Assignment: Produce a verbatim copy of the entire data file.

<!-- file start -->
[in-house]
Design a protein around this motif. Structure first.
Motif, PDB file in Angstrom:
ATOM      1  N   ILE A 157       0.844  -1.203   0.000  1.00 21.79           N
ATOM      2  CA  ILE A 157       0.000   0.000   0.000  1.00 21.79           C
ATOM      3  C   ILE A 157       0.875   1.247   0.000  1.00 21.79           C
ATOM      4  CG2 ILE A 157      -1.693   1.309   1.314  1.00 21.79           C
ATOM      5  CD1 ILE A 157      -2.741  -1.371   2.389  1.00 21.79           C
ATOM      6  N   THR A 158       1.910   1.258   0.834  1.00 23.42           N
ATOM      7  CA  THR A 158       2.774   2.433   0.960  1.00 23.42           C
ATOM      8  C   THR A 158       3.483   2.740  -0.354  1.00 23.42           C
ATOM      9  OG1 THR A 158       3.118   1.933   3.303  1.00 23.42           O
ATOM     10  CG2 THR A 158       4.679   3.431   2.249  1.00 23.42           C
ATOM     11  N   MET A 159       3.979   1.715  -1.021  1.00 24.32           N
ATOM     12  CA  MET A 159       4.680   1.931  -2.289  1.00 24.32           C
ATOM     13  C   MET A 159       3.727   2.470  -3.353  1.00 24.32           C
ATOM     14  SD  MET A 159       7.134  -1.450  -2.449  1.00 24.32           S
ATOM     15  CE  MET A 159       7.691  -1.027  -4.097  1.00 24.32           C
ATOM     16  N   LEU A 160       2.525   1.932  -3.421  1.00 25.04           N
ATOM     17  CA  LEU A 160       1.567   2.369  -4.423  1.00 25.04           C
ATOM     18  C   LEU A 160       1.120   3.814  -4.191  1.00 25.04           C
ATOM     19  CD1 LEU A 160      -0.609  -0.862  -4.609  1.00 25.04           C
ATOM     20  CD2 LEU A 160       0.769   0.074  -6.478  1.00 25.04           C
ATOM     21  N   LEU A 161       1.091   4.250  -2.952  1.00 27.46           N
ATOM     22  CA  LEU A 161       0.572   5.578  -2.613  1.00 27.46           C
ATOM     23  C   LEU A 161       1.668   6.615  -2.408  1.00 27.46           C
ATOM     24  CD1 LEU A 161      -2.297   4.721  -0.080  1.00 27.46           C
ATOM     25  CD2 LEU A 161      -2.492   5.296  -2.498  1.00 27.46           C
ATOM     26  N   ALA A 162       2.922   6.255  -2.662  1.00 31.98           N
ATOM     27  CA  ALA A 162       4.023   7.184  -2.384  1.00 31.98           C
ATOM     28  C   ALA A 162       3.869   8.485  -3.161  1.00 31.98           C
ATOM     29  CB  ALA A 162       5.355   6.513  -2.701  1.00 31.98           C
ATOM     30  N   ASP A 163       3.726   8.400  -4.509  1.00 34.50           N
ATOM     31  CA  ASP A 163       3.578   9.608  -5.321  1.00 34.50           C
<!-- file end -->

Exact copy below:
[in-house]
Design a protein around this motif. Structure first.
Motif, PDB file in Angstrom:
ATOM      1  N   ILE A 157       0.844  -1.203   0.000  1.00 21.79           N
ATOM      2  CA  ILE A 157       0.000   0.000   0.000  1.00 21.79           C
ATOM      3  C   ILE A 157       0.875   1.247   0.000  1.00 21.79           C
ATOM      4  CG2 ILE A 157      -1.693   1.309   1.314  1.00 21.79           C
ATOM      5  CD1 ILE A 157      -2.741  -1.371   2.389  1.00 21.79           C
ATOM      6  N   THR A 158       1.910   1.258   0.834  1.00 23.42           N
ATOM      7  CA  THR A 158       2.774   2.433   0.960  1.00 23.42           C
ATOM      8  C   THR A 158       3.483   2.740  -0.354  1.00 23.42           C
ATOM      9  OG1 THR A 158       3.118   1.933   3.303  1.00 23.42           O
ATOM     10  CG2 THR A 158       4.679   3.431   2.249  1.00 23.42           C
ATOM     11  N   MET A 159       3.979   1.715  -1.021  1.00 24.32           N
ATOM     12  CA  MET A 159       4.680   1.931  -2.289  1.00 24.32           C
ATOM     13  C   MET A 159       3.727   2.470  -3.353  1.00 24.32           C
ATOM     14  SD  MET A 159       7.134  -1.450  -2.449  1.00 24.32           S
ATOM     15  CE  MET A 159       7.691  -1.027  -4.097  1.00 24.32           C
ATOM     16  N   LEU A 160       2.525   1.932  -3.421  1.00 25.04           N
ATOM     17  CA  LEU A 160       1.567   2.369  -4.423  1.00 25.04           C
ATOM     18  C   LEU A 160       1.120   3.814  -4.191  1.00 25.04           C
ATOM     19  CD1 LEU A 160      -0.609  -0.862  -4.609  1.00 25.04           C
ATOM     20  CD2 LEU A 160       0.769   0.074  -6.478  1.00 25.04           C
ATOM     21  N   LEU A 161       1.091   4.250  -2.952  1.00 27.46           N
ATOM     22  CA  LEU A 161       0.572   5.578  -2.613  1.00 27.46           C
ATOM     23  C   LEU A 161       1.668   6.615  -2.408  1.00 27.46           C
ATOM     24  CD1 LEU A 161      -2.297   4.721  -0.080  1.00 27.46           C
ATOM     25  CD2 LEU A 161      -2.492   5.296  -2.498  1.00 27.46           C
ATOM     26  N   ALA A 162       2.922   6.255  -2.662  1.00 31.98           N
ATOM     27  CA  ALA A 162       4.023   7.184  -2.384  1.00 31.98           C
ATOM     28  C   ALA A 162       3.869   8.485  -3.161  1.00 31.98           C
ATOM     29  CB  ALA A 162       5.355   6.513  -2.701  1.00 31.98           C
ATOM     30  N   ASP A 163       3.726   8.400  -4.509  1.00 34.50           N
ATOM     31  CA  ASP A 163       3.578   9.608  -5.321  1.00 34.50           C